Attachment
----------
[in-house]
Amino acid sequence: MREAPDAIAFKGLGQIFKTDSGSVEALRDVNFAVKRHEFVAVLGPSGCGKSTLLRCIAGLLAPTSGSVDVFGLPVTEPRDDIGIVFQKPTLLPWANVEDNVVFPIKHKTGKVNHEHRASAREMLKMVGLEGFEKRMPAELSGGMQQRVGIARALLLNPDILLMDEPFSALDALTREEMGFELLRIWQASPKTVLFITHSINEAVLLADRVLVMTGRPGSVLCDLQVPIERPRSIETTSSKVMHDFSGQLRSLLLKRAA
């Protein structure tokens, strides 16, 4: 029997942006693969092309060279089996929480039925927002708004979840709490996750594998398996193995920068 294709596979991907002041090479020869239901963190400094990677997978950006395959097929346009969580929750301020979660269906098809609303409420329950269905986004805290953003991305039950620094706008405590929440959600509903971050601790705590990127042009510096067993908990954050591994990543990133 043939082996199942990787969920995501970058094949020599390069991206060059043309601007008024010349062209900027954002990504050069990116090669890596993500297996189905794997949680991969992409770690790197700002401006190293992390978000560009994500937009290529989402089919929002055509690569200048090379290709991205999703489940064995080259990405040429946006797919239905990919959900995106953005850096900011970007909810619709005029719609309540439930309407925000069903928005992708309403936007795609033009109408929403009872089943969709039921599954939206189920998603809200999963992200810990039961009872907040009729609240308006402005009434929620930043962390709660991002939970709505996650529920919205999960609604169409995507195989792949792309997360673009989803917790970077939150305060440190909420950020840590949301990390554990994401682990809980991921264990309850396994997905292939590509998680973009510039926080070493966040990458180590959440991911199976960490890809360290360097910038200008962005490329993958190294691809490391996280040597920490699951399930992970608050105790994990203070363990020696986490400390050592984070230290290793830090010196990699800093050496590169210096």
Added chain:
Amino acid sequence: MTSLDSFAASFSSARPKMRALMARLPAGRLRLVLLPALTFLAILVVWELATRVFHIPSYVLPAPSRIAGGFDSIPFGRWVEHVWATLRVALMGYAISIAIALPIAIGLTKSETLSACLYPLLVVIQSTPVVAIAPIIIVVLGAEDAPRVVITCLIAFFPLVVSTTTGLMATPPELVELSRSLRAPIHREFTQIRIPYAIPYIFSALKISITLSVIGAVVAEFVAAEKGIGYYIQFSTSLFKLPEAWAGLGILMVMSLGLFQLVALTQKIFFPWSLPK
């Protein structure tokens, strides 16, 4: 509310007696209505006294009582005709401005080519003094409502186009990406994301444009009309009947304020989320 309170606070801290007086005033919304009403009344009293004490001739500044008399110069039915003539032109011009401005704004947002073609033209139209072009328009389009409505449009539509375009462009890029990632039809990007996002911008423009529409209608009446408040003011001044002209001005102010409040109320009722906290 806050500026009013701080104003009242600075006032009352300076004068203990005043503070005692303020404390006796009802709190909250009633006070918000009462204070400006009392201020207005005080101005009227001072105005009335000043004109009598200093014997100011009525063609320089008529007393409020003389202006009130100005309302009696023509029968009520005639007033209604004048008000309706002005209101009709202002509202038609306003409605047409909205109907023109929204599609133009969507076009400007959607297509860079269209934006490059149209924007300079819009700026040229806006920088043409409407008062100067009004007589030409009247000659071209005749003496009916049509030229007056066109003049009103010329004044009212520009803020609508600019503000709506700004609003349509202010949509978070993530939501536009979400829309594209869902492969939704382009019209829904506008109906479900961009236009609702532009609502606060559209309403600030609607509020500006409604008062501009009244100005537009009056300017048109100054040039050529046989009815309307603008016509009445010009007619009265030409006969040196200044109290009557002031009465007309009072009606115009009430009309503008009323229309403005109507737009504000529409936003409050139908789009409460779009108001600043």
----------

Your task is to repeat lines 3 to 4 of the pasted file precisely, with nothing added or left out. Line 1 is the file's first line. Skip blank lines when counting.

């Protein structure tokens, strides 16, 4: 029997942006693969092309060279089996929480039925927002708004979840709490996750594998398996193995920068 294709596979991907002041090479020869239901963190400094990677997978950006395959097929346009969580929750301020979660269906098809609303409420329950269905986004805290953003991305039950620094706008405590929440959600509903971050601790705590990127042009510096067993908990954050591994990543990133 043939082996199942990787969920995501970058094949020599390069991206060059043309601007008024010349062209900027954002990504050069990116090669890596993500297996189905794997949680991969992409770690790197700002401006190293992390978000560009994500937009290529989402089919929002055509690569200048090379290709991205999703489940064995080259990405040429946006797919239905990919959900995106953005850096900011970007909810619709005029719609309540439930309407925000069903928005992708309403936007795609033009109408929403009872089943969709039921599954939206189920998603809200999963992200810990039961009872907040009729609240308006402005009434929620930043962390709660991002939970709505996650529920919205999960609604169409995507195989792949792309997360673009989803917790970077939150305060440190909420950020840590949301990390554990994401682990809980991921264990309850396994997905292939590509998680973009510039926080070493966040990458180590959440991911199976960490890809360290360097910038200008962005490329993958190294691809490391996280040597920490699951399930992970608050105790994990203070363990020696986490400390050592984070230290290793830090010196990699800093050496590169210096």
Added chain: